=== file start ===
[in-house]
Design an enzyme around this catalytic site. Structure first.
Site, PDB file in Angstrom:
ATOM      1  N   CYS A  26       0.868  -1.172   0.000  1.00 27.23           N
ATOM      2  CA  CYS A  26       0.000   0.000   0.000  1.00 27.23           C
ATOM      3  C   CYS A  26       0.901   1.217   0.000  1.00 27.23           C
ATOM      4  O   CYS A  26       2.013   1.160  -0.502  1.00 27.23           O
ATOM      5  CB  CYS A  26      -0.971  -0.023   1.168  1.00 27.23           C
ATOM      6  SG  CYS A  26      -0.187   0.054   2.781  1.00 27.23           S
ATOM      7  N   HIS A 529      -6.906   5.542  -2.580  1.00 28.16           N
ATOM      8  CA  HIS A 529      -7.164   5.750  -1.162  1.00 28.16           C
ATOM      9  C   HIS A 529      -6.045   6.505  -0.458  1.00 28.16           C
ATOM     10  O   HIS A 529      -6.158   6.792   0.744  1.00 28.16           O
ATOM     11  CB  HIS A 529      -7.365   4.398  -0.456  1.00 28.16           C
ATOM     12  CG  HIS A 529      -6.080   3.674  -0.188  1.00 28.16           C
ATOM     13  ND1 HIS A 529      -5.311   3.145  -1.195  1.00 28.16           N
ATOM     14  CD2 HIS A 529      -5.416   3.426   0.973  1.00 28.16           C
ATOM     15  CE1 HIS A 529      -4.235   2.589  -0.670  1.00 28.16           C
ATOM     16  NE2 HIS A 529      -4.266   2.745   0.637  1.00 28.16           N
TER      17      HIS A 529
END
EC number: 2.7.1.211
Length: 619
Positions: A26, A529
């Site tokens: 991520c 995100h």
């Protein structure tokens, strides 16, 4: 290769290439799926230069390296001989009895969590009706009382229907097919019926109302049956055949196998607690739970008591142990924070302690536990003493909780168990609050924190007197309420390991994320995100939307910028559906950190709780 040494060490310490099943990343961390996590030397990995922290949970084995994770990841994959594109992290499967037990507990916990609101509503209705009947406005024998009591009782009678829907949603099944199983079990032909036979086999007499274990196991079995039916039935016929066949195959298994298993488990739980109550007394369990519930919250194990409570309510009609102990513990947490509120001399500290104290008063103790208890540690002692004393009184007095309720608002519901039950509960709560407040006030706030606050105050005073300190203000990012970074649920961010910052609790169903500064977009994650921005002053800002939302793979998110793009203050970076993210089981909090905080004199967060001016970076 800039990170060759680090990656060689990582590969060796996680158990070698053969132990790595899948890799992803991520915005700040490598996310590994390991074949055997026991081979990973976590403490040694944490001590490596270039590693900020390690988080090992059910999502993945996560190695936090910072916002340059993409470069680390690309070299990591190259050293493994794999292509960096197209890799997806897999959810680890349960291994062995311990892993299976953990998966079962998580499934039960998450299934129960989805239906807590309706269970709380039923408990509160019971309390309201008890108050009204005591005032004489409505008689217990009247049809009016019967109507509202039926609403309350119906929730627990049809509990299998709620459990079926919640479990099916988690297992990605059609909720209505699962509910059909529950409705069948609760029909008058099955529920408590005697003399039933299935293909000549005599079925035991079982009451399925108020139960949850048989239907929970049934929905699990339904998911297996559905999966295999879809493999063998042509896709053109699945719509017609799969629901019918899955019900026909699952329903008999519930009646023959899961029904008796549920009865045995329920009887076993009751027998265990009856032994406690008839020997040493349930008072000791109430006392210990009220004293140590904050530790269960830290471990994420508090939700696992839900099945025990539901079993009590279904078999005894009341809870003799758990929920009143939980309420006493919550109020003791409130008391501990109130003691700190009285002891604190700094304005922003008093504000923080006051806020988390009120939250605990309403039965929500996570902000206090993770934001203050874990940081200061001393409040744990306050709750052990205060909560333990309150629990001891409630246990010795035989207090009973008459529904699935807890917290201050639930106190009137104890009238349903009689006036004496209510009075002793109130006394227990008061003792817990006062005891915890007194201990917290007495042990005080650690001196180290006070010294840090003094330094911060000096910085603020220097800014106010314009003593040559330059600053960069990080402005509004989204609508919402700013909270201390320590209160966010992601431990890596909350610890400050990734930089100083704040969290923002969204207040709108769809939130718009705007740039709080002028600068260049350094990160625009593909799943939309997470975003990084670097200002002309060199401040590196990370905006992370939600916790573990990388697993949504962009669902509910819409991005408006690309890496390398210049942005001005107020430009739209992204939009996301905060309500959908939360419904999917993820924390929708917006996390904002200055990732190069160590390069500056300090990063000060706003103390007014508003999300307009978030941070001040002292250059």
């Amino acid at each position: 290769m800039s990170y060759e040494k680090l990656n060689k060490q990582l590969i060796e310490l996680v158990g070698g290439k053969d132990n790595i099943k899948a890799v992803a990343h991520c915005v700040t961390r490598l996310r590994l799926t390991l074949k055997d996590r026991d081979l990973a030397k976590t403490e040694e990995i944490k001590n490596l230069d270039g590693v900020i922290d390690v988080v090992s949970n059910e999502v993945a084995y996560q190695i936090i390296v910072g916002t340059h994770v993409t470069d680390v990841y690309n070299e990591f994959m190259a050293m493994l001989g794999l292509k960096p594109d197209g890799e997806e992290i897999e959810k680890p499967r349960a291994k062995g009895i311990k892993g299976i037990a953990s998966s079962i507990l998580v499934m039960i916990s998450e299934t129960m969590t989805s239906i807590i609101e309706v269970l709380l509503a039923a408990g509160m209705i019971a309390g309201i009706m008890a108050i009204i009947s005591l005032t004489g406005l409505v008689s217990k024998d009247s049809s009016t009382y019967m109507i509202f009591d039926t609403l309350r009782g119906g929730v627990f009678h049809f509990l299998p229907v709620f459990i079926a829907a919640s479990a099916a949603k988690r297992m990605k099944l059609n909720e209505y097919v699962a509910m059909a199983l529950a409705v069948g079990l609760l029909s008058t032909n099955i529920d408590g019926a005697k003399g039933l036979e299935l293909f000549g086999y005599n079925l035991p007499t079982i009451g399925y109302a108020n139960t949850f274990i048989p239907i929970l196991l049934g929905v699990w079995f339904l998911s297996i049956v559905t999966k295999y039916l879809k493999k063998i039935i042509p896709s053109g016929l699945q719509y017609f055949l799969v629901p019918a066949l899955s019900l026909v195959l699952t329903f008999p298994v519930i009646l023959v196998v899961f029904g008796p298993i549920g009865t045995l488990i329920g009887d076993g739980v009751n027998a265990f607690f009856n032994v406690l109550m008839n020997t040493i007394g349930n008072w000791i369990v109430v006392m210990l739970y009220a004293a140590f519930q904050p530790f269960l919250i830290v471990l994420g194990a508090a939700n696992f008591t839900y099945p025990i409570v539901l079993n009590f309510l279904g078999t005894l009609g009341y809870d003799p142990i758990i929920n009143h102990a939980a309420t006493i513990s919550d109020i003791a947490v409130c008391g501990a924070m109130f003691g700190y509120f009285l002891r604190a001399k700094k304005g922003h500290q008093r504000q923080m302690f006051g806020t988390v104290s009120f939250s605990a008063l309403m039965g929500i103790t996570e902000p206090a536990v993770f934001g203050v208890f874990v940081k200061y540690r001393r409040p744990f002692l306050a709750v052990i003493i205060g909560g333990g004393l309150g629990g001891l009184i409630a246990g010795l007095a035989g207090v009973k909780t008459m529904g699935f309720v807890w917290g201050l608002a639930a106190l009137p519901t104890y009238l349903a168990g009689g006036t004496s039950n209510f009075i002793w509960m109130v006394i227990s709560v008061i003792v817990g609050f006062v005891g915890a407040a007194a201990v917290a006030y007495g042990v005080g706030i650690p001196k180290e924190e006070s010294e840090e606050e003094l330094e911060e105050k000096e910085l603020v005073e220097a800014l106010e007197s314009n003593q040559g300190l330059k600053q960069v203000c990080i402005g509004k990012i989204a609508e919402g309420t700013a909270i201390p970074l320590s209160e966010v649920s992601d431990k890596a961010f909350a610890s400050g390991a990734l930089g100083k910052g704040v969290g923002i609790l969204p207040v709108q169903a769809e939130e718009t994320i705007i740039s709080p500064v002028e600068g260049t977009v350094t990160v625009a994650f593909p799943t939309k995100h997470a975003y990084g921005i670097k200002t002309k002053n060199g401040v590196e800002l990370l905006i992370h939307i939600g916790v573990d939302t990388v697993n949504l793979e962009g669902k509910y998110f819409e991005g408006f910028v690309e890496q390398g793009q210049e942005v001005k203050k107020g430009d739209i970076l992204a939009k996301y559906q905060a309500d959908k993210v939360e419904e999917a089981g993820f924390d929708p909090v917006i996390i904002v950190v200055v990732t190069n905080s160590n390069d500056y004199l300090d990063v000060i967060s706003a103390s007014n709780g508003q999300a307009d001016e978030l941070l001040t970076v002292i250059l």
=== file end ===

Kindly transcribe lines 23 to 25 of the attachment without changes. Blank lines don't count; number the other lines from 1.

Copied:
Length: 619
Positions: A26, A529
């Site tokens: 991520c 995100h």